Law360 (June 30, 2021, 10:10 PM EDT) -- A New Jersey federal judge dismissed a suit Wednesday alleging that Cigna Health and Life Insurance Co. wrongfully refused to pay for a health care provider's COVID-19 services, saying the provider only suggested that its patients gave it valid assignments to sue on their behalf but did not actually allege that it possessed them.
U.S. District Judge Kevin McNulty dismissed the suit without prejudice to amendment within 30 days and said he agreed with plaintiff Open MRI and Imaging of RP Vestibular Diagnostics' argument that it is not yet required to prove that the assignments exist — but only if Open MRI actually alleges that they do.
"Given that an assignment is the very basis of its entitlement to sue, Open MRI may reasonably be asked to at least allege its existence," the judge said of the claim alleging Employment Retirement Income Security Act violations.
Without the assignments, Open MRI cannot state a claim, the judge said, adding that "[i]f Smith files a negligence suit for damages because Jones was injured in a car accident, Smith has not (yet) stated a claim."
The lab, which is in Rochelle Park, New Jersey, filed its initial suit in August and an amended complaint in December, alleging that the insurer owed $400,000 for treatment and diagnostic services the lab provided to COVID-19 patients. The lab also asserted a violation of ERISA and claims of unjust enrichment and quantum meruit.
According to court filings, Open MRI has claimed that Cigna's coverage denial violated the insurance coverage provisions of the Families First Coronavirus Response Act and the Coronavirus Aid Relief and Economic Security Act.
In February, Cigna asked the court to toss the suit and said Open MRI has not identified the patients behind the denied payments and whether the lab has been assigned their rights under their benefit plans.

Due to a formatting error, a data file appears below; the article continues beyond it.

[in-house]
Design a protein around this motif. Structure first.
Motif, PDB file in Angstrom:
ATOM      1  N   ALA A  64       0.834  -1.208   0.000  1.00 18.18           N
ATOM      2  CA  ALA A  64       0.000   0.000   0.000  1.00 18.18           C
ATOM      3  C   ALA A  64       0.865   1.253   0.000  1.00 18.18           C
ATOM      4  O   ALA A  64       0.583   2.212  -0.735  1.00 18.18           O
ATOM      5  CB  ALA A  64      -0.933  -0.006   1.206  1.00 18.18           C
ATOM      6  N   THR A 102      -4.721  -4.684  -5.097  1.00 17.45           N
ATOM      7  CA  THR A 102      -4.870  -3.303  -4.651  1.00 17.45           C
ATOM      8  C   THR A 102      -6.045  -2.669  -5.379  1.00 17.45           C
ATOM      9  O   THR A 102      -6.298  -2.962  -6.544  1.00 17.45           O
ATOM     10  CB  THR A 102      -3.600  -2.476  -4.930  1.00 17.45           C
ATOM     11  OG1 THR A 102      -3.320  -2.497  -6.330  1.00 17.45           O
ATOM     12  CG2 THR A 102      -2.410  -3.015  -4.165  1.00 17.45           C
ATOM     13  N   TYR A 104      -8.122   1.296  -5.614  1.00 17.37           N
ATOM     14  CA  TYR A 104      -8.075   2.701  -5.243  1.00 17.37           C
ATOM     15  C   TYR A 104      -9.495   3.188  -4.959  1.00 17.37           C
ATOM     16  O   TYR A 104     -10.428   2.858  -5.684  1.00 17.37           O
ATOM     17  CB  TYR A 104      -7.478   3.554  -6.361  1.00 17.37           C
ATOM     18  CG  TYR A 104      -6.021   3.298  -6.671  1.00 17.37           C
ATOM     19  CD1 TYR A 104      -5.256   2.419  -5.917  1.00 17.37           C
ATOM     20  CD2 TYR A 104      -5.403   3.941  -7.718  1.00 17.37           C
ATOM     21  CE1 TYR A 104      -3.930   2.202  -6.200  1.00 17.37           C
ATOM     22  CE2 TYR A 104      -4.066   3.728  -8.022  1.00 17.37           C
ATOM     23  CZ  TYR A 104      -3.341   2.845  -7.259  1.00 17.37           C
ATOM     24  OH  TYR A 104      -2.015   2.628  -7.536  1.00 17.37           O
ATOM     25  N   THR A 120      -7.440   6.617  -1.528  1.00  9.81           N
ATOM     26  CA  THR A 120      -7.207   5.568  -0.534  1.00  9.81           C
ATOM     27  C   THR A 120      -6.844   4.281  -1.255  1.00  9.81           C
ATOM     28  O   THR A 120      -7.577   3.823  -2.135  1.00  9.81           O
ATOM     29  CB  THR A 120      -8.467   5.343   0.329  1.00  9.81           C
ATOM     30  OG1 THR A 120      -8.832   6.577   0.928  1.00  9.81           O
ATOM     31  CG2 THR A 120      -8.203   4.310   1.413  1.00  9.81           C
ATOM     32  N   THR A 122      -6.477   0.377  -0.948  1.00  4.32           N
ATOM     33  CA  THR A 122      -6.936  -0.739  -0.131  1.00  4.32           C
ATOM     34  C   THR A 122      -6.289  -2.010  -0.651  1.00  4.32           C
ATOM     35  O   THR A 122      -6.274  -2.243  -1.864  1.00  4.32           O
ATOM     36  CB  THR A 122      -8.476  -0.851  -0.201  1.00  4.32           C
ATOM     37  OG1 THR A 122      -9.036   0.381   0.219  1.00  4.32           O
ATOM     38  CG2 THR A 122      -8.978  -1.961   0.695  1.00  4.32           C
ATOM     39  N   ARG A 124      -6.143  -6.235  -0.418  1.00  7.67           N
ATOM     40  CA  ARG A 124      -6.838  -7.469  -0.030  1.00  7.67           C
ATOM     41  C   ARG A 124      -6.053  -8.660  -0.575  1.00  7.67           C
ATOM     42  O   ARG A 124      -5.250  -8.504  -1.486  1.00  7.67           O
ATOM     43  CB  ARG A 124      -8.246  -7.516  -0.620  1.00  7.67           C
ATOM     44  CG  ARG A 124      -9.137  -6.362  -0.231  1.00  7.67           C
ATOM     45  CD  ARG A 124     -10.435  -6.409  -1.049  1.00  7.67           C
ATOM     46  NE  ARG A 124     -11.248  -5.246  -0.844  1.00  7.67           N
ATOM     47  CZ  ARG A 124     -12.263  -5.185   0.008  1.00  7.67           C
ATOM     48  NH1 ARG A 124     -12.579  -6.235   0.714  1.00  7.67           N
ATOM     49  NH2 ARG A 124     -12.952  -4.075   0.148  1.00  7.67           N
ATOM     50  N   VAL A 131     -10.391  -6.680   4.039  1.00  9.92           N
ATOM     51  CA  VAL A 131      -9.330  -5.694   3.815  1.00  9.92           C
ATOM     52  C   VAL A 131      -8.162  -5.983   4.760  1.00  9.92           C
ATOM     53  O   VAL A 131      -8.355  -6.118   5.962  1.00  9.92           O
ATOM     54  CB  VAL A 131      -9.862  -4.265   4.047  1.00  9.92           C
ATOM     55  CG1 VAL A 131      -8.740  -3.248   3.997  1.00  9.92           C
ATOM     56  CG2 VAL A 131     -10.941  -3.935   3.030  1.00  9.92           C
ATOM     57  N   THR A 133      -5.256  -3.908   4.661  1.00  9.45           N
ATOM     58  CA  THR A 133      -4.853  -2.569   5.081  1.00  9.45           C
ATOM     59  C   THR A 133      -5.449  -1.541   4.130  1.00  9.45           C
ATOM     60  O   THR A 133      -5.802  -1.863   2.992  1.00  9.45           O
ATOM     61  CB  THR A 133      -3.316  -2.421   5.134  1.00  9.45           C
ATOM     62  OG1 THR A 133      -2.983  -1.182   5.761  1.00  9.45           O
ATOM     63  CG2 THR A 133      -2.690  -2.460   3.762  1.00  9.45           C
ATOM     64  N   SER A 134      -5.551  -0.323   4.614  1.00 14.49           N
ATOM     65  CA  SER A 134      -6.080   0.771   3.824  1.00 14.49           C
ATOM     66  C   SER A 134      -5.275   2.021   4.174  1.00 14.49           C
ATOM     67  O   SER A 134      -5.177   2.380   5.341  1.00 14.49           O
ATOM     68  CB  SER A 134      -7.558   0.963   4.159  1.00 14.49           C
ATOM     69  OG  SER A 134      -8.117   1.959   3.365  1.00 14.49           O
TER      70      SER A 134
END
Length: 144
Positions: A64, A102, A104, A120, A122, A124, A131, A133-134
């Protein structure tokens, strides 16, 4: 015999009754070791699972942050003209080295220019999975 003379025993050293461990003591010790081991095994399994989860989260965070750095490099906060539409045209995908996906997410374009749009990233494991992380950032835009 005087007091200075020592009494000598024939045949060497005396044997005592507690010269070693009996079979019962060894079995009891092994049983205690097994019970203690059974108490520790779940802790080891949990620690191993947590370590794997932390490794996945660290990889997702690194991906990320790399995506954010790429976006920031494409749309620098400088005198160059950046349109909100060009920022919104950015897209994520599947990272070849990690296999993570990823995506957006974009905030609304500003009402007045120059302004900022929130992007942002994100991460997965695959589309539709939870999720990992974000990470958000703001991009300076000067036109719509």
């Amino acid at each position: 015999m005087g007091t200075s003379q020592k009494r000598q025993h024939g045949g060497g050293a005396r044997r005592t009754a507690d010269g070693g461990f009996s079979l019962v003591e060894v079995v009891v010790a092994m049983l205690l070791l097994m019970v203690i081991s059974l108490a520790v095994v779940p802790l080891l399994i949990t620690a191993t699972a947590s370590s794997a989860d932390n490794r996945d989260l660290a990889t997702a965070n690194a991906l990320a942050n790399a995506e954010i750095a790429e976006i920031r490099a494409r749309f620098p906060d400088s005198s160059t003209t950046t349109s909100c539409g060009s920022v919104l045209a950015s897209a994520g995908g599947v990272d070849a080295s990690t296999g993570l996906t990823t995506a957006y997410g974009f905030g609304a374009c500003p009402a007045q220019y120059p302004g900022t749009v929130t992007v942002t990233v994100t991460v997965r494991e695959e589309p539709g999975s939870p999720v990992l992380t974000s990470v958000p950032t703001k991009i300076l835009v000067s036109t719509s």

The judge agreed Wednesday and cited the Third Circuit's 2014 ruling in CardioNet, Inc. v. Cigna Health Corp." target="_blank">CardioNet, Inc. v. Cigna Health Corp., which held that a health care provider may bring claims if it has a valid assignment of benefits from a plan participant.
The judge also said Open MRI argued that because Cigna denied the insurance claims on various grounds but did not mention a lack of an assignment, the court can infer there was one.
"The Twombly/Iqbal standard does not require the court to engage in such gymnastics for plaintiff's benefit," the judge said.
The counts for unjust enrichment and quantum meruit were also dismissed without prejudice, with the judge saying they are dismissed for lack of subject matter jurisdiction.
"At this early stage, there are no countervailing factors requiring the court to retain jurisdiction," the judge said. "And because no ERISA claim has been stated thus far, I do not consider preemption arguments."
Counsel for the parties did not immediately respond to requests for comment.
The lab is represented by Peter Nichols of Levine Desantis LLC.
Cigna is represented by E. Evans Wohlforth Jr. and Charlotte Howells of Gibbons PC.
The case is Open MRI and Imaging of RP Vestibular Diagnostics PA v. Cigna Health and Life Insurance Co., case number 2:20-cv-10345, in the U.S. District Court for the District of New Jersey.
--Additional reporting by Bill Wichert. Editing by Rich Mills.
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